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Indigo subsea cable lands in Perth

Cable system will utilise new spectrum sharing technology, so each consortium member can take advantage of technology advancements to support growing demand for bandwidth

The Indigo submarine cable that will connect Australia with Southeast Asia when ready has been laid at Floreat Beach in Perth, Western Australia, marking the completion of its first section, which spans 2,400km from Christmas Island in the Pacific Ocean.

The laying of the second section of the cable, linking Singapore and Indonesia, will start this month and is expected to be completed by the end of December 2018.

The entire subsea cable, which is being built by a six-member consortium including Singtel, Telstra and Google, spans 9,000km, connecting Singapore and Perth, and onward to Sydney.

“The Indigo submarine cable will usher in a new era of high-speed communications between the growing economies of Southeast Asia and Australia,” said Ooi Seng Keat, vice-president for carrier services at Singtel’s enterprise group.

“This new data superhighway will complement our existing global links to Asia, the US, Europe, Australia and the Middle East and will allow Singtel and Optus to meet the growing demand for bandwidth-intensive applications, as well as boost network diversity and resilience.

Once operational by mid-2019, Indigo is expected to strengthen links between Australia and Southeast Asia, providing lower latency and enhanced reliability. Using today’s optical technology, the cable’s two-fibre pairs will be able to support up to 36 terabits per second, the equivalent of simultaneously streaming millions of movies per second.

The Indigo system will also utilise new spectrum- sharing technology, so each consortium member can independently take advantage of technology advancements for future upgrades and capacity increases on demand.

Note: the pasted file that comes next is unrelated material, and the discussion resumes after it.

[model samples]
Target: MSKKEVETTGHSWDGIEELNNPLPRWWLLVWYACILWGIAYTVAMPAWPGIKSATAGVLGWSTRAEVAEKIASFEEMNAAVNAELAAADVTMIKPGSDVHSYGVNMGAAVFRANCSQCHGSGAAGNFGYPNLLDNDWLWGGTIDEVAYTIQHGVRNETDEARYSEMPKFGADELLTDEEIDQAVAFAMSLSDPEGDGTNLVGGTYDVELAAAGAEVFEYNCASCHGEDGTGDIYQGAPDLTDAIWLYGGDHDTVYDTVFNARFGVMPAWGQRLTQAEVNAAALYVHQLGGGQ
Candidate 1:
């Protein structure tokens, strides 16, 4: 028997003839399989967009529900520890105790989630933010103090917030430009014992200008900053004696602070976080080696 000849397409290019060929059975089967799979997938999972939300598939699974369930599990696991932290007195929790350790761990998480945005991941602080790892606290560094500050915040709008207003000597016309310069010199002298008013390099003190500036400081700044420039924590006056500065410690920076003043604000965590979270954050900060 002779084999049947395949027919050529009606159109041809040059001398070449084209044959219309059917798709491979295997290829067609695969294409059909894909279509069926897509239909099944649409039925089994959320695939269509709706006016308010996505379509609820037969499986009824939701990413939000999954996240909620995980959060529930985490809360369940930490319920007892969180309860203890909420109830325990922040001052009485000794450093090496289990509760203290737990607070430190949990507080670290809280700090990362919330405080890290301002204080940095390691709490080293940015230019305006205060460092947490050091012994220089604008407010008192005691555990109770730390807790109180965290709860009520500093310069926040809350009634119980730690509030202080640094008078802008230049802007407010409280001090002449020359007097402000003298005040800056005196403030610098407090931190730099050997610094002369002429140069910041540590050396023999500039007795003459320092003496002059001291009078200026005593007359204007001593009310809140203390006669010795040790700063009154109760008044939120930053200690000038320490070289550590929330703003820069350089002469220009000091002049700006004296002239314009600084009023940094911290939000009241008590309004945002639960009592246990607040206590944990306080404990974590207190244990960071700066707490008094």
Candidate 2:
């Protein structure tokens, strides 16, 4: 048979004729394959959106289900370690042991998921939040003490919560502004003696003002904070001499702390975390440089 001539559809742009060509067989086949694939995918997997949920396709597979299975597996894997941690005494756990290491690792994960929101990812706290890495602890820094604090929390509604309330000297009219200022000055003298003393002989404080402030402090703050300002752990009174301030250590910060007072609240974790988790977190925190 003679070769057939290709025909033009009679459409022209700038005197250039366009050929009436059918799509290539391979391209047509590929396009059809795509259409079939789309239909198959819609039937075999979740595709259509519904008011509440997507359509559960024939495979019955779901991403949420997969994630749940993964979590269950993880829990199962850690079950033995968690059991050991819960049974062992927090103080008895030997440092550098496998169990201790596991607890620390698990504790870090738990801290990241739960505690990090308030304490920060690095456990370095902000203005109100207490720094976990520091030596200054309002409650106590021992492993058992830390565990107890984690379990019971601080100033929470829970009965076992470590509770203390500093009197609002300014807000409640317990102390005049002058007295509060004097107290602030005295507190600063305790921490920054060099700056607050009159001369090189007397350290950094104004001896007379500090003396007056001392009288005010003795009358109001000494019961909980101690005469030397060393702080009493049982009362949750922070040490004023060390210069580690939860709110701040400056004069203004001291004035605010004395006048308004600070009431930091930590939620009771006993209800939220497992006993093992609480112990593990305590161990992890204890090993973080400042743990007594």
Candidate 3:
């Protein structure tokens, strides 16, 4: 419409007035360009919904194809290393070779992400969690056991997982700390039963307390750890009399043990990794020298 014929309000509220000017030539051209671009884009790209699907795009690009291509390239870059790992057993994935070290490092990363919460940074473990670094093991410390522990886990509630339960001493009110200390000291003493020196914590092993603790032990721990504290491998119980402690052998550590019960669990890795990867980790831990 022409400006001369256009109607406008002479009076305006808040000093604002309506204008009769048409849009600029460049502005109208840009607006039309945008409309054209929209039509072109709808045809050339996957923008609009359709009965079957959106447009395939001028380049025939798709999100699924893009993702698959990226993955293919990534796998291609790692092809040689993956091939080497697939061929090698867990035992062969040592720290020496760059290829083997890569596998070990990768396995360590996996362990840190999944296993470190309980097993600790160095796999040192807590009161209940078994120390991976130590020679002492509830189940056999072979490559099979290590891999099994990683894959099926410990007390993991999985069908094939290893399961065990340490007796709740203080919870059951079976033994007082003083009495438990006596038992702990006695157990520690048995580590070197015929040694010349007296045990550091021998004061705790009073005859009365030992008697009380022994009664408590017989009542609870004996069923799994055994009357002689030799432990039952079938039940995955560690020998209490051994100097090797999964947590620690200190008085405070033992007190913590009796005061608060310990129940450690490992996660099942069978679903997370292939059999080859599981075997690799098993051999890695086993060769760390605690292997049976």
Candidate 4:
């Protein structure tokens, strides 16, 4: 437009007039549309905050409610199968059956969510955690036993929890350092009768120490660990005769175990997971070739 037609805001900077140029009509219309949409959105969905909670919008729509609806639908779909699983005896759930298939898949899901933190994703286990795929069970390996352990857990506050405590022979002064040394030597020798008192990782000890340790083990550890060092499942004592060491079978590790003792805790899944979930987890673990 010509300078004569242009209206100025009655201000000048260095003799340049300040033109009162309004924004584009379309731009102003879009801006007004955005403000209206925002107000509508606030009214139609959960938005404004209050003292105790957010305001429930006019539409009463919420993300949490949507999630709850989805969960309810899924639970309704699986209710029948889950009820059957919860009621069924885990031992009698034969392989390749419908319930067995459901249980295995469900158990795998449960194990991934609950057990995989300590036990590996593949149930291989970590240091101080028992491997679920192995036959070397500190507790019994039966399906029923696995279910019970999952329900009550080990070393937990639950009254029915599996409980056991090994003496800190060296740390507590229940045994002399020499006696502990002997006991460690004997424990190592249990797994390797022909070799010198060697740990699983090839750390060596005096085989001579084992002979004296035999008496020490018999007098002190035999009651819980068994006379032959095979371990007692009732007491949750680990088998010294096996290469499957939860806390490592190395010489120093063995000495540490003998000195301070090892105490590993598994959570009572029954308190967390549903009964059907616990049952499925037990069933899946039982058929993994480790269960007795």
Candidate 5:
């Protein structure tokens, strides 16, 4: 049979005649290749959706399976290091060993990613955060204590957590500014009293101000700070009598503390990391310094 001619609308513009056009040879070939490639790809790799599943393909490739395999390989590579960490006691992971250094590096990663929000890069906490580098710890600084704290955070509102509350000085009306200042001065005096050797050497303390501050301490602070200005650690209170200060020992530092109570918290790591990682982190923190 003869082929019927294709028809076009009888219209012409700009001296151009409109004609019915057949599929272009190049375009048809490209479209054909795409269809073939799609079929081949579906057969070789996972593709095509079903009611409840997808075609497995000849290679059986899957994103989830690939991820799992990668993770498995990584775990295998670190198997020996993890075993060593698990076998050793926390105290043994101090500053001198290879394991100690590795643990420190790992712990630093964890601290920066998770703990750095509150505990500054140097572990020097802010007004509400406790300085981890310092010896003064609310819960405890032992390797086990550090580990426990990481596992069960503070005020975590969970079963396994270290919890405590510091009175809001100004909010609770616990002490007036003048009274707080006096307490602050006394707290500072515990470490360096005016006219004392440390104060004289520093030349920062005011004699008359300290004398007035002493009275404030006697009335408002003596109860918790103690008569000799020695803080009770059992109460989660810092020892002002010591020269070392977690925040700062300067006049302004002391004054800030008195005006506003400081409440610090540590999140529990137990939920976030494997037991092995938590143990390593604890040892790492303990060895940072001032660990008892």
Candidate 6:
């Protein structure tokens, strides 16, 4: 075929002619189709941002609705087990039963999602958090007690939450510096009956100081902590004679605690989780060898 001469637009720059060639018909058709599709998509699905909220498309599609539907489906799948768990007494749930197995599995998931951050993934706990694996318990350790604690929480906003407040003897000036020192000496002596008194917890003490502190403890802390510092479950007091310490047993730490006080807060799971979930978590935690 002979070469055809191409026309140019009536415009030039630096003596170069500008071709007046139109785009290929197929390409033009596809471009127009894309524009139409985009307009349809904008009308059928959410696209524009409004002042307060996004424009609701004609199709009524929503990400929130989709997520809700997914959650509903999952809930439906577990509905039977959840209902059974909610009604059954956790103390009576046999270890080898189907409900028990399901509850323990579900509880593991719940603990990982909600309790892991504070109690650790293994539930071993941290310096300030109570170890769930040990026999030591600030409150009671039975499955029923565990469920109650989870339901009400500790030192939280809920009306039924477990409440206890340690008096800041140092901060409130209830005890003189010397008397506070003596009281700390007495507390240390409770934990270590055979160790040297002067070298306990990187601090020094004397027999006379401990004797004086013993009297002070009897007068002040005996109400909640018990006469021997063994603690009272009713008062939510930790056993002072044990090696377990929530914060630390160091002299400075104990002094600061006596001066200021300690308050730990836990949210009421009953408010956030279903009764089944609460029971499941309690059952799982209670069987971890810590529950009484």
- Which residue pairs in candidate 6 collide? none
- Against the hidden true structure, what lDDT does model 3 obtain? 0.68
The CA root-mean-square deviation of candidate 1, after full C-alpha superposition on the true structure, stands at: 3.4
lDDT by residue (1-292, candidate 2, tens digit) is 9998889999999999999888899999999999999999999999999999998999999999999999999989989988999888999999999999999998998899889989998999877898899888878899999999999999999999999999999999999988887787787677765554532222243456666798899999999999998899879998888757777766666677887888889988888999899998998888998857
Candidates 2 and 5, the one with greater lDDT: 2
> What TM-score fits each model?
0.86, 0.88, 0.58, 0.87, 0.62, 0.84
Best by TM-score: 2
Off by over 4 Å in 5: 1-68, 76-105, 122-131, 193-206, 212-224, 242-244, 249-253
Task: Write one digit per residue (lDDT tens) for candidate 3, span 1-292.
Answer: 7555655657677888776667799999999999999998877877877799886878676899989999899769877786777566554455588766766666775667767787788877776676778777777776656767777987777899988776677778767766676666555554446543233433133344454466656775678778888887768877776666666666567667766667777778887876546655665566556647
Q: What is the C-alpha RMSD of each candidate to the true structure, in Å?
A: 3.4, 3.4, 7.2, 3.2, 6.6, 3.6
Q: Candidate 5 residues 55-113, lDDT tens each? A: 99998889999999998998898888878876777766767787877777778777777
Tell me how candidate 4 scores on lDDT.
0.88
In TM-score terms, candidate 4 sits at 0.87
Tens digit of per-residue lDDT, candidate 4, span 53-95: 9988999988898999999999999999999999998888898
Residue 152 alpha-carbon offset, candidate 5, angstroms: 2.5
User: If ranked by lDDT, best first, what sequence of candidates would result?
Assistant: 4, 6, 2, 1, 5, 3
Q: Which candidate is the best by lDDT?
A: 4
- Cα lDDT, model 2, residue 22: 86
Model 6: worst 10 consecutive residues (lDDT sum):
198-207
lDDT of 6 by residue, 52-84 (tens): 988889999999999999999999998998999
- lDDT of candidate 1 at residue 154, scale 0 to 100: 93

Read more about internet infrastructure in APAC

  • An ageing submarine cable that links Australia to Southeast Asia was cut for the third time in a year, underscoring the urgent need for a more robust connection to support the region’s growing internet traffic.
  • Enterprises and mobile operators across Asia have been readying themselves for the next big leap in mobile connectivity that promises to speed up business operations and improve lives.
  • Australia’s broadband networks, already among the world’s slowest, could be further strained by the emergence of virtual and augmented reality.
  • Malaysia is planning to raise broadband speeds to up to 20Mbps in rural areas and 100Mbps in urban areas by 2020.

The Asia-Pacific region is currently served by a number of subsea cable systems – although cuts to major cables such as the ageing SEA-ME-WE 3 have affected internet services in recent years.

In late 2016, SEA-ME-WE 3 failed because of a cable cut 1,125km away from the Singapore Tuas Cable Station, affecting the primary core network path between Singapore and Perth. This followed several cuts to the same cable – typically caused by ship anchors and earthquakes in the region – between 2013 and 2015.

Industry observers have noted that Indigo will provide additional capacity to not only mitigate outages, but also to offer more connectivity choices for telcos and cloud service providers.

The fact that Google is part of the Indigo consortium is also indicative of the cloud giant’s efforts to deliver higher service levels. Rather than rely on third-party telcos to provide the links between its datacentres, Google would be able to do so on its own and obtain guaranteed bandwidth at a more predictable cost.

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